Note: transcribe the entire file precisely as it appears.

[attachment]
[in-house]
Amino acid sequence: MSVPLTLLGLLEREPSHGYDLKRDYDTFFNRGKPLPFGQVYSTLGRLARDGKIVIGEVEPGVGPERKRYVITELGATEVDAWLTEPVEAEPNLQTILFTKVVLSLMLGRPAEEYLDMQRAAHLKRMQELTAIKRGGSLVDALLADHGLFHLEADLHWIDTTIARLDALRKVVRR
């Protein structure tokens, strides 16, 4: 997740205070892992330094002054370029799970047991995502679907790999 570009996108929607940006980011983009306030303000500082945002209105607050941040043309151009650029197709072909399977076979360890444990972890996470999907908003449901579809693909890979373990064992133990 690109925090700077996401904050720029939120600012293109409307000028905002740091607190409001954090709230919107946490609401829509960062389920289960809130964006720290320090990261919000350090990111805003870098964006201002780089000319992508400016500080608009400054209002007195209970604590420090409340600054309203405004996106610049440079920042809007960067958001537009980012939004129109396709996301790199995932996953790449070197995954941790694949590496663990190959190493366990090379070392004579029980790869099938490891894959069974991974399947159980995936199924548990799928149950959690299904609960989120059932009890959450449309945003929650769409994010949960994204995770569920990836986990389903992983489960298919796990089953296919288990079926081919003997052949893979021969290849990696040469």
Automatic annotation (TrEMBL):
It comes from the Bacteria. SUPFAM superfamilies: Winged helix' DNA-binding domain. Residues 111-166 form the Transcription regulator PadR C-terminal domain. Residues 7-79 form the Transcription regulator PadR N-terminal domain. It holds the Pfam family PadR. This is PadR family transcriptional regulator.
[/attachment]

[in-house]
Amino acid sequence: MSVPLTLLGLLEREPSHGYDLKRDYDTFFNRGKPLPFGQVYSTLGRLARDGKIVIGEVEPGVGPERKRYVITELGATEVDAWLTEPVEAEPNLQTILFTKVVLSLMLGRPAEEYLDMQRAAHLKRMQELTAIKRGGSLVDALLADHGLFHLEADLHWIDTTIARLDALRKVVRR
């Protein structure tokens, strides 16, 4: 997740205070892992330094002054370029799970047991995502679907790999 570009996108929607940006980011983009306030303000500082945002209105607050941040043309151009650029197709072909399977076979360890444990972890996470999907908003449901579809693909890979373990064992133990 690109925090700077996401904050720029939120600012293109409307000028905002740091607190409001954090709230919107946490609401829509960062389920289960809130964006720290320090990261919000350090990111805003870098964006201002780089000319992508400016500080608009400054209002007195209970604590420090409340600054309203405004996106610049440079920042809007960067958001537009980012939004129109396709996301790199995932996953790449070197995954941790694949590496663990190959190493366990090379070392004579029980790869099938490891894959069974991974399947159980995936199924548990799928149950959690299904609960989120059932009890959450449309945003929650769409994010949960994204995770569920990836986990389903992983489960298919796990089953296919288990079926081919003997052949893979021969290849990696040469």
Automatic annotation (TrEMBL):
It comes from the Bacteria. SUPFAM superfamilies: Winged helix' DNA-binding domain. Residues 111-166 form the Transcription regulator PadR C-terminal domain. Residues 7-79 form the Transcription regulator PadR N-terminal domain. It holds the Pfam family PadR. This is PadR family transcriptional regulator.